Fast forward to the treatment process. First came SSZ, then Mtx. Neither gave me a significant improvement or allowed me to resume exercise. Then finally I asked for Enbrel, and within a week or two the pain had significantly decreased to the point where I could contemplate a future that included physical activity. Now I am fortunate to be able to exercise again. I do yoga 2-3 times per week and also do the elliptical, treadmill and lift light weights. Does it hurt? Yes, it hurts at times. If it hurts terribly, I stop the exercise. I realize that I am very lucky to have received this type of response, and I truly have compassion for those who do not respond to meds or have a suboptimal response. But I can say with certainty that exercise and a positive attitude make a huge difference in my fight against RA.

    The main point I want to make is that no two people with RA have the same exact experience with the disease. I personally do not feel that diet affects MY RA, but that does not mean that this is true for everyone. Isn’t it conceivable that Debbie’s RA really did improve with diet (although I suspect that Enbrel also had something to do with it)? My friend, mentioned above, is certain that she can reduce her RA symptoms with diet, and I believe her. I think back to the point in time when I was trying to get a diagnosis, and the absolute worst feeling was when the doctors didn’t believe me when I was reporting my pain levels and symptoms. Several dismissed me and said that nothing was wrong. How infuriating it was to have my truthfulness questioned when I was reporting my personal experience! While I truly respect the opinions of all of Kelly’s readers, I wish that there were more acceptance towards those who choose to fight their disease in different ways. What works for one may not work for another.

    My main issue with Debbie’s article is that I wish it would have given more credit to the Enbrel, which is likely the main reason for her remission. I don’t doubt that Debbie’s diet, exercise and positive attitude have contributed to her overall health and well being, but it would be a stretch to think that they were solely responsible for her remission when she is admittedly taking Enbrel.

    Kelly, I am going to answer the questions posted at the end of the blog post:

    Were none of the 94% of us who aren’t in remission exercising when RA nabbed us from behind?
    Personally, I was exercising regularly doing cardio, strength training and yoga. I’ve heard the same from many RA warriors.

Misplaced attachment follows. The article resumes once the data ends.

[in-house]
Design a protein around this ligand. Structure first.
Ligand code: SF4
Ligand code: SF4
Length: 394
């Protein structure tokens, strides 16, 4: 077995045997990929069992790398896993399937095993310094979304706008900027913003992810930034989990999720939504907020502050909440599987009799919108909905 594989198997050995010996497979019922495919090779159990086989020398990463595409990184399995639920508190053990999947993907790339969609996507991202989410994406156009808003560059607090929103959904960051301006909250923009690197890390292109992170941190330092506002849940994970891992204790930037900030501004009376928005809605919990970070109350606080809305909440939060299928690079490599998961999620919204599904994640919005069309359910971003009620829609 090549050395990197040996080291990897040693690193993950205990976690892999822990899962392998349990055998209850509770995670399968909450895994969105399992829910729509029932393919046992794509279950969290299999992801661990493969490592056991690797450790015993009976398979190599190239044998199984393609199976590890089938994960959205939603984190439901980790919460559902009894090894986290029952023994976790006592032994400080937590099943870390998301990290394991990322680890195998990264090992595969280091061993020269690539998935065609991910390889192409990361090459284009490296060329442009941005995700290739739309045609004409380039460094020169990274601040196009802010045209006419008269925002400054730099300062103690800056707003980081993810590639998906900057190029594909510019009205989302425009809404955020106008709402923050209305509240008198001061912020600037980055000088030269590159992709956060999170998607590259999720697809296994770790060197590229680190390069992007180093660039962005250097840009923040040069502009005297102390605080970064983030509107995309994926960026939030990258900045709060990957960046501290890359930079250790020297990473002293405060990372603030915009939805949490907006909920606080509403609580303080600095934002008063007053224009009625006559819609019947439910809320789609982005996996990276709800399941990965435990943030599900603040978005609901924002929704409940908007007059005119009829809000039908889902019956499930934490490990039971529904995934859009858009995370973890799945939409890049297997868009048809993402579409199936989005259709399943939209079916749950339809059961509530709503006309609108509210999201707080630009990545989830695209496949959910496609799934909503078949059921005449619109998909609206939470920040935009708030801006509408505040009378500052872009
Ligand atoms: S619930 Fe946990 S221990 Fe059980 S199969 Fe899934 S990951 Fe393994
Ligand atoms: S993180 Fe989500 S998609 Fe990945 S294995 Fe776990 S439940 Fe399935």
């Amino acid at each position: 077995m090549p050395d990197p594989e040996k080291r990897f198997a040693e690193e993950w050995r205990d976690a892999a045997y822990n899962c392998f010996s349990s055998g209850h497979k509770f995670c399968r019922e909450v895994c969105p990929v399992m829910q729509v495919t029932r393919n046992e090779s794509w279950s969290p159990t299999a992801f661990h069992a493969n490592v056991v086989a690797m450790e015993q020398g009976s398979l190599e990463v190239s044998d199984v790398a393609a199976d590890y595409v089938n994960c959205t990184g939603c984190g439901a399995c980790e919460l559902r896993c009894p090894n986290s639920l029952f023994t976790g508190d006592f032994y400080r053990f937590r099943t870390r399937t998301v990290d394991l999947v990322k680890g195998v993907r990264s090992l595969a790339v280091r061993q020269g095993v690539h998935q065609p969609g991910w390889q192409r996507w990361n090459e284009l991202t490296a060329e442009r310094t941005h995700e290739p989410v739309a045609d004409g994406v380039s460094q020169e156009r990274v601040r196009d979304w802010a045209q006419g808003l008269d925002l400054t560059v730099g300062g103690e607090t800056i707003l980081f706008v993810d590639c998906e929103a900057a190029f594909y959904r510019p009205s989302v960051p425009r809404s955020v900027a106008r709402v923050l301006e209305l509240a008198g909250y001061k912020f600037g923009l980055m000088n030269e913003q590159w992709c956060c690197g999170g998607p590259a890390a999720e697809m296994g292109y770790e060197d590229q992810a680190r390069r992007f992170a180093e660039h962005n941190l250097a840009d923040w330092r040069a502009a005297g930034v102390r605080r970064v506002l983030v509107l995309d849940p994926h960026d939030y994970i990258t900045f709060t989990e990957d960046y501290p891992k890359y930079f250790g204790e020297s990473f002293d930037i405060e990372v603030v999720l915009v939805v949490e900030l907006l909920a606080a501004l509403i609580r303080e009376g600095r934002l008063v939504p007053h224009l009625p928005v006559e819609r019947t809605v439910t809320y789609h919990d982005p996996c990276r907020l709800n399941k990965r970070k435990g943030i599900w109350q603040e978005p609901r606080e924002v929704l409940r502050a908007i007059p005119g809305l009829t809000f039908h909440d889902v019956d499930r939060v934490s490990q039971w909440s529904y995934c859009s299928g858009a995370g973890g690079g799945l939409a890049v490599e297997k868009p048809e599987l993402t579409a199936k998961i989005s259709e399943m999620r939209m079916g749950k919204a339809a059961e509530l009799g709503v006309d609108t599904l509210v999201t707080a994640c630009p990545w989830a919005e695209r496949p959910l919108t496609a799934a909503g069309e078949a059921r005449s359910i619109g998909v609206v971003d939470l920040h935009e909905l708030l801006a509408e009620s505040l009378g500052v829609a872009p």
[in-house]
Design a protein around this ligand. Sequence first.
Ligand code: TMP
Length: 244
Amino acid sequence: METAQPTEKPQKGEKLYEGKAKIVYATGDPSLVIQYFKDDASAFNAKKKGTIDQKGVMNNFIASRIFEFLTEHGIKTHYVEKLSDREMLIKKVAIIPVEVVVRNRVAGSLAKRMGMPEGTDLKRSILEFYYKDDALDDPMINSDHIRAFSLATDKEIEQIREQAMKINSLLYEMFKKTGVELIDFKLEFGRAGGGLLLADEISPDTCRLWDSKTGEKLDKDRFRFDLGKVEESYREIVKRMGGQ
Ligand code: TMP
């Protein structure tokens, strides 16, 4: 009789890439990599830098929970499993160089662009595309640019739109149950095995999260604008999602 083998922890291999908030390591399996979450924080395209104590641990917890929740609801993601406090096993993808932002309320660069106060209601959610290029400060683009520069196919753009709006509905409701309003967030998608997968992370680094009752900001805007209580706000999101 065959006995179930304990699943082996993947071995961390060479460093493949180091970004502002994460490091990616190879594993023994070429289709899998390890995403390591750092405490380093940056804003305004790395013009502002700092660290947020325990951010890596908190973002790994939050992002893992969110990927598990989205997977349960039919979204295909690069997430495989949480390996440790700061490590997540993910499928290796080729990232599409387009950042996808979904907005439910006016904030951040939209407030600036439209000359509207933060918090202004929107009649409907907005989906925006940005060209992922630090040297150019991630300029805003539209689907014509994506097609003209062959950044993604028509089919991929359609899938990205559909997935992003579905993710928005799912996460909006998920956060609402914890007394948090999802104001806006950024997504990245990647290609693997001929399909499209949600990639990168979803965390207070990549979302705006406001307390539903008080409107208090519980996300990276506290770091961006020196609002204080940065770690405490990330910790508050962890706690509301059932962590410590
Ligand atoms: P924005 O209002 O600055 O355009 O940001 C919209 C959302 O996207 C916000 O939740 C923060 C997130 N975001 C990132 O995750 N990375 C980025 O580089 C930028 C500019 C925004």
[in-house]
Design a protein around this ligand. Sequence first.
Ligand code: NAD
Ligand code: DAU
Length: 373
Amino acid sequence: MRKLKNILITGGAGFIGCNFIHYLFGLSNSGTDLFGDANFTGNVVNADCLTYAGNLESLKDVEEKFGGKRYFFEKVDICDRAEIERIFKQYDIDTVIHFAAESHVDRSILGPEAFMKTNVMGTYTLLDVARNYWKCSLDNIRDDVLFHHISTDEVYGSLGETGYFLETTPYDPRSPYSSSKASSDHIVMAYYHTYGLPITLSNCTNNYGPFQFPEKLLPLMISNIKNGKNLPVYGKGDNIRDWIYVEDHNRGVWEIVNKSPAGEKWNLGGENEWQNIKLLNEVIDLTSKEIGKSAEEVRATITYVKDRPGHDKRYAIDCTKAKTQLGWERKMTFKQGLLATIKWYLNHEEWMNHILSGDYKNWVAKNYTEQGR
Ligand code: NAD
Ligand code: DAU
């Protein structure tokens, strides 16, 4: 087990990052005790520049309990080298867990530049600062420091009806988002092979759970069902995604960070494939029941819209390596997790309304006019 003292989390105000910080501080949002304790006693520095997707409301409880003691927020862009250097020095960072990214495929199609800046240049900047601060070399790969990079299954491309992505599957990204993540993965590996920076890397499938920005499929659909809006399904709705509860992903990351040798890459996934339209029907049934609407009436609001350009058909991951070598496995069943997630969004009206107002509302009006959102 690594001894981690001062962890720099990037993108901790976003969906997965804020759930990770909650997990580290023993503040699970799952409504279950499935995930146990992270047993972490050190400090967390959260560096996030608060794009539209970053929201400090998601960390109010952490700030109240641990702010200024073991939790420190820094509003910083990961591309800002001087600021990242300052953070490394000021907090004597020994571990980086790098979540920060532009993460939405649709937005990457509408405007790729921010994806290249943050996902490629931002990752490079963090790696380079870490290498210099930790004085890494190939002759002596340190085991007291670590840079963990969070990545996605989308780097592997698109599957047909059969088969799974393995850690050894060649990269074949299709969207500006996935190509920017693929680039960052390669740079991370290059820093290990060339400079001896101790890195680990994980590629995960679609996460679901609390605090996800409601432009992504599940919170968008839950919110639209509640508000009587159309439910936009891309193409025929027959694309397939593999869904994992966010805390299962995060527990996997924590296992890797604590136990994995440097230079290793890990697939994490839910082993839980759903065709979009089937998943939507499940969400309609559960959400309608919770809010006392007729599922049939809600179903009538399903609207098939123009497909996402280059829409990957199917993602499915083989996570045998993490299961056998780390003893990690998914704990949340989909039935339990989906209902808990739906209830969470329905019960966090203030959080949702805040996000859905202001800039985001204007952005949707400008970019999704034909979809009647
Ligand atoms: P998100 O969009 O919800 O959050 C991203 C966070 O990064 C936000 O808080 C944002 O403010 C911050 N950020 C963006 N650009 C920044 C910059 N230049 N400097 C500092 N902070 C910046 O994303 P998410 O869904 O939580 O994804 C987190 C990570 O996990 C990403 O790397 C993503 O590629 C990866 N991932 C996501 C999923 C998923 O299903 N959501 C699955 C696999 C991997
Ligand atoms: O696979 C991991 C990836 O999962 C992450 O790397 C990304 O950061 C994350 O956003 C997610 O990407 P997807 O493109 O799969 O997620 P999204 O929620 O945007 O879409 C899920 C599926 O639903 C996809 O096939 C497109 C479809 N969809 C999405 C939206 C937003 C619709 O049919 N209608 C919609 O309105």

Do people believe that those who aren’t in remission just refuse to exchange potato chips for apples? Are we really that stubborn that we’d be disabled and die early for the sake of greasy snacks?
    Diet doesn’t seem to make a difference in my RA. Most of the people that I know with RA have healthy diets.

    Why do all these people continue to take Biologics (the most pricey class of drugs on earth) and then give their own diet and exercise plan credit for their remission?
    I am not in remission, but I believe that Enbrel is almost solely responsible for my approximate (average) 70% improvement in RA symptoms. I believe that diet and exercise are responsible for my well being and contribute to a healthy lifestyle and positive attitude.

    Does anyone think the Enbrel ad next to the story is a coincidence?
    This is an excellent question. Shame on the author (and on the pharma and Prevention) if she was paid to write this article!!

    Somewhere in your mind, do you believe that people in wheelchairs are there by some choice they’ve made?
    Absolutely not! I don’t know anyone who wants to be in a wheelchair.

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  • May 10, 2011 at 7:52 pm
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    I’m getting ready to have a knee replacement late summer or early fall. I’m TRYING to lose weight (again) to reduce complications. Several of my friends have said things to the effect that I wouldn’t need knee replacement if I weren’t so fat – NOT that I wouldn’t need knee replacement if I didn’t have RA. Dang! Get it straight people!

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  • May 10, 2011 at 10:55 pm
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    i’m 36 and have had RA for 11 years. i do think intense exercise helped my RA a lot (it also helped my attitude about it) BUT that was possible only because the RA was really only in my wrists. now that it’s moved on to an ankle and my neck, yeah, i’m not working out quite so much. many others have already said this, there’s not just ONE RA, we all experience it differently from one another, and also from one year to the next. 4 years ago i would have claimed exercise was doing a lot to keep thing at bay (well, the enbrel too!). but i wouldn’t have claimed that too loudly, out of respect…more especially for my uncle who’s had it for 35 years and…well, he has a great attitude about it but the pain he is in is indescribable. (luckily, you all know what i mean.)

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    • May 11, 2011 at 12:34 am